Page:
7th Week of Easter, Wednesday, May 19
Acts 2028-36 / John 17:11-19
Paul recalls some words of Jesus: There's more joy in giving than in getting. "
Seven-year-old Richard was the second youngest of nine children. Three days before Christmas, his mother asked him to shine her shoes for the holidays.After Richard finished the job, he brought the shoes to his mother to see if they were all right. His mother was so delighted with his job that she gave him a quarter. Later that day, when Richard's mother put on her shoes, her toe struck a hard lump. Removing the shoe, she found a quarter wrapped in paper. Written on the paper were these words: "Here's your quarter back, Morn. I shined your shoes out of love. signed Richard."
When the constant giving of ourselves and our time begins to wear on us, how do we keep from losing the true joy of Christian giving? I he fragrance always stays in the hand that gives the rose." Heda Bejar
The farewell speech of Paul and the farewell prayer of Jesus are continued. Paul urged the elders of the church of Ephesus to be on their guard. It is the Holy Spirit that has placed them in charge: to bring the truth and love of God to their charges, which is precious. It has been bought with Christ's Blood, not that of the elders. The church is so precious. Their task is difficult because they have to step into the shoes Of Paul. Night and day he has laboured for three years. He kept them right, He was keen on this, that he would never be a burden. He worked hard' the church should always have enough for the poor. Jesus already told us that we shall always have them with us. The sentence he quoted is nowhere in the Gospel: There is more happiness in giving than in receiving". The scene in the harbour of Miletus is a picture in words. It is for such that Luke from the fifth century has been thought of as a painter. It is a touching scene. The elders are sad to hear that they would never see him again. The great saint, the great shepherd, is a man of heart. Holiness does not kill emotions; it makes them purer and deeper.
One of the songs used much in Church today says, “there’s joy in giving." In his farewell address, Jesus said to his apostles that he wanted to share his joy with them to the full. And Paul, speaking from his own experience, says that there is more happiness in giving than in receiving. The Lord and the apostles gave themselves to others. In how far can we do this? And what a joy it would be if we could all be one!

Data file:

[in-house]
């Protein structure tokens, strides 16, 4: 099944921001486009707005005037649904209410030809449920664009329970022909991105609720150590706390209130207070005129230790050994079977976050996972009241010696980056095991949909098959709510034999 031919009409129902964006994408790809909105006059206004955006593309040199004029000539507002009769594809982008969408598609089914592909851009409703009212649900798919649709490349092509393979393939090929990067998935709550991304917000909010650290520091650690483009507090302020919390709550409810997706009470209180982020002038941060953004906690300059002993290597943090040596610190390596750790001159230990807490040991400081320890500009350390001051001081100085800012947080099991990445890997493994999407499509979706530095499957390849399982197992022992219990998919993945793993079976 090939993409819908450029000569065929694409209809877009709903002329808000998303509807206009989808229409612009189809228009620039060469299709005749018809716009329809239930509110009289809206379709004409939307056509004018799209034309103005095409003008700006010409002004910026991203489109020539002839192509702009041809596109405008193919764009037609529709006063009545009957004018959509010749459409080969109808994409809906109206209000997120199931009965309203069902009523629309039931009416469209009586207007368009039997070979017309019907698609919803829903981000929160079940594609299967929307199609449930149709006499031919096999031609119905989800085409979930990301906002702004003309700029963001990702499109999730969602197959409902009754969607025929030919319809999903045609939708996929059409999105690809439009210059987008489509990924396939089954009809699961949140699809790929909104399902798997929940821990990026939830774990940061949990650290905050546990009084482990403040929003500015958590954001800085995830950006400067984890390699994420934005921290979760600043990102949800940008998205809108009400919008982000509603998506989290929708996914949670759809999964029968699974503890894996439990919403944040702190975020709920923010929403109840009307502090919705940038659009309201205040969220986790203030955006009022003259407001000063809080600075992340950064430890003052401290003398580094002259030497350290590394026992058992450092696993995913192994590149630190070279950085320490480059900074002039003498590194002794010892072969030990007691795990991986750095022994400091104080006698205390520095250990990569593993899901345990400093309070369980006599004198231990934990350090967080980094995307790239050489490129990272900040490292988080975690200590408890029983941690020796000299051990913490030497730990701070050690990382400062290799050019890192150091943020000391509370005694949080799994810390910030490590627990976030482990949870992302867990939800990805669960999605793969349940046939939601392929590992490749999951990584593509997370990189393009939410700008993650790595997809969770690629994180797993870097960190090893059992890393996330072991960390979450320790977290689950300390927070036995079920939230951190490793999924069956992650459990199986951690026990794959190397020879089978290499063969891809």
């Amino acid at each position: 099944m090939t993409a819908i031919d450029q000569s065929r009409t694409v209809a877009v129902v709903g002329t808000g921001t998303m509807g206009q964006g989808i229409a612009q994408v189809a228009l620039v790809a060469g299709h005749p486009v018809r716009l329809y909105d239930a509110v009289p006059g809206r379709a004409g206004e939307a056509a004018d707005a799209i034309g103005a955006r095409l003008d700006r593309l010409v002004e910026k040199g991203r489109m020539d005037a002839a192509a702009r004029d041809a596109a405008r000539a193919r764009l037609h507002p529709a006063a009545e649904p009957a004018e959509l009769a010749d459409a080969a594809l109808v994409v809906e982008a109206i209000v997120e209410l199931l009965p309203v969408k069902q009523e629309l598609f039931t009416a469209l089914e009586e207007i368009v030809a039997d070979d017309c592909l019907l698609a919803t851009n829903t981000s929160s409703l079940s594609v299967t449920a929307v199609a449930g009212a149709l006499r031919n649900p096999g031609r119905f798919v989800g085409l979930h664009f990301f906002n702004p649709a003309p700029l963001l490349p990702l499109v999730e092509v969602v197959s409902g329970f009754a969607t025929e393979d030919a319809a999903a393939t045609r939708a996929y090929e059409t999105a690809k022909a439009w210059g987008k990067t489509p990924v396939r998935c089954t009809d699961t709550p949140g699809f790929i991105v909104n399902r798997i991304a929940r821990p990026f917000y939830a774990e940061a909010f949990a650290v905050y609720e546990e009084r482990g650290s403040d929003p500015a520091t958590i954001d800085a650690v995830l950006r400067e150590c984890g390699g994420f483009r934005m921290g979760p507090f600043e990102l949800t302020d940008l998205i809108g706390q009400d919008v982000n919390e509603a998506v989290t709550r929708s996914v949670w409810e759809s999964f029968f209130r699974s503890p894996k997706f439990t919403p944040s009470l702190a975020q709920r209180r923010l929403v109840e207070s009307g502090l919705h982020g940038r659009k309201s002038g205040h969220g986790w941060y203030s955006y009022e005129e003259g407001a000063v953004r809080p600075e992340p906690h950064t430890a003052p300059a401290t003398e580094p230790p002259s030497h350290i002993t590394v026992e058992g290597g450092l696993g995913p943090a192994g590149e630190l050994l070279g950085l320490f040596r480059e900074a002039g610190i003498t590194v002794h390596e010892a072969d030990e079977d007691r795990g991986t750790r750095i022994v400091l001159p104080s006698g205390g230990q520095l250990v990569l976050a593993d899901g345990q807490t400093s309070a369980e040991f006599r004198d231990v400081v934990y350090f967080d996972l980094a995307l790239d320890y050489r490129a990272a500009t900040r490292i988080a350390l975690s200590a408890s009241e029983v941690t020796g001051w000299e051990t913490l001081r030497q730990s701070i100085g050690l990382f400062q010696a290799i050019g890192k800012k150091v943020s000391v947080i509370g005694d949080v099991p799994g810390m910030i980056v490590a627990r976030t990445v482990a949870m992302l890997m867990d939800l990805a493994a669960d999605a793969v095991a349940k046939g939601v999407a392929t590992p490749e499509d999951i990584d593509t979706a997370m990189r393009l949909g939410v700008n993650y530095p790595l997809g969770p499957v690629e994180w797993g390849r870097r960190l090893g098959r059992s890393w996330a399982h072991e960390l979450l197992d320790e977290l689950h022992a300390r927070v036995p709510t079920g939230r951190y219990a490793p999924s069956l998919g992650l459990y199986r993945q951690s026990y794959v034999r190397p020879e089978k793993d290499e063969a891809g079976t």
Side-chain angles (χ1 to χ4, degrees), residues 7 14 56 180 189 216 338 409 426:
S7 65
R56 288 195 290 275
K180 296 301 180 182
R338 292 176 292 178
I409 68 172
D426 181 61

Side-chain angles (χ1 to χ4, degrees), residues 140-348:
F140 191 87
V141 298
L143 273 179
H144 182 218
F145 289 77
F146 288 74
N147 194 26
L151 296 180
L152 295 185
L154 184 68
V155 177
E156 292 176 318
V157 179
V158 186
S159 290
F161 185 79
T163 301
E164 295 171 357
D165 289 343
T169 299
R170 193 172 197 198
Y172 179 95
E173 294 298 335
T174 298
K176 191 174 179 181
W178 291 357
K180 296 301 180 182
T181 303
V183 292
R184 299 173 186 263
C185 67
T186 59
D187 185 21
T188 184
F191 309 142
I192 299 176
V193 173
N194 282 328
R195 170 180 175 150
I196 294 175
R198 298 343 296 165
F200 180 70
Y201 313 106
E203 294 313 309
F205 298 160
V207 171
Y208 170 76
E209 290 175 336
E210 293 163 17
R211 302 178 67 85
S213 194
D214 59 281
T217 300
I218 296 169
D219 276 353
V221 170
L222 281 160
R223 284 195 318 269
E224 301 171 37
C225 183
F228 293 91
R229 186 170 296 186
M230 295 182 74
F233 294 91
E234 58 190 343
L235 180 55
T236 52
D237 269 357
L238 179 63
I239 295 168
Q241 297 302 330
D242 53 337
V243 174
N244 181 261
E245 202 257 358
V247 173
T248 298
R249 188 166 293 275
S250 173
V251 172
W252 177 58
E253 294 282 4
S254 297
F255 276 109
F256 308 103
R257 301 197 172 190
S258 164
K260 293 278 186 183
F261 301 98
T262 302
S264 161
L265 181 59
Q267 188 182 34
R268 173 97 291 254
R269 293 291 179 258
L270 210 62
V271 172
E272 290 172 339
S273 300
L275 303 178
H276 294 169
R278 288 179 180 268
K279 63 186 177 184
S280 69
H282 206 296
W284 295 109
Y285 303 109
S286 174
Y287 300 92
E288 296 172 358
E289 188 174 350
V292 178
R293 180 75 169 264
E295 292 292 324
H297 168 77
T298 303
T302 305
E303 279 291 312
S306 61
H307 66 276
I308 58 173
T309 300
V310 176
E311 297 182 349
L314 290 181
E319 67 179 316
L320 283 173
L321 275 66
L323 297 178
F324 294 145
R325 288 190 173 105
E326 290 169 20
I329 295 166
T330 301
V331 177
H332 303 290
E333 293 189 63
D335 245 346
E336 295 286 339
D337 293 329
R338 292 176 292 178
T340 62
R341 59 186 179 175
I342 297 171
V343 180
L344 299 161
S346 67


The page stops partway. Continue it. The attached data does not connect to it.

The disciples are in the world, not of the world. That does not mean that they are unfit for the world. Nor does this mean that the world is no concern of theirs. God loved the world, although the world did not spare him. God sends his disciples into the world just as he sent his Son.
Occasionally they have to be in the world underground. The world is the field, where they have to sow the seed of the word of God, to carry his message and to consecrate themselves. This is the language of the sacrifice. "Sacrum facere" is to make holy. Consecrate is to set apart for the exclusive service of God. Just as He sacrificed himself. The prayer is: Not to be left out, not to be spared the sacrifice, but that God may keep them true to his name. It is the humility that knows its own weakness. Judas too, was called by Jesus. He, too, was his friend. He saw the miracles after the sermon on the mount; he convinced that no man had ever spoken like Jesus. We pray that we may share his joy.
We need to be wise enough to know that Jesus is watching over the Church and that the Church teaches the truth instead of being swayed by the travesty of truth by individuals or groups who want to induce us to follow them.
We also need to be humble and docile to the promptings of the Holy Spirit who is our Advocate and who will help us follow the truth and walk the way of Jesus.
Let us pray that we, the Church, will be always protected by our Good Shepherd and that we will listen to His voice in the Church so that He will lead us to rest in the green pastures even in the midst of the howling of the fierce wolves.
Lord, our God, your Son Jesus, gave himself totally to those he loved – that is, to all. Give us a bit of his unselfish love that we too, may learn from experience that there is more joy in giving ourselves than in receiving honours or favours. May the Spirit make us also one that we graciously share with one another our God-given riches and gifts as persons. We ask you this through Christ, our Lord. Amen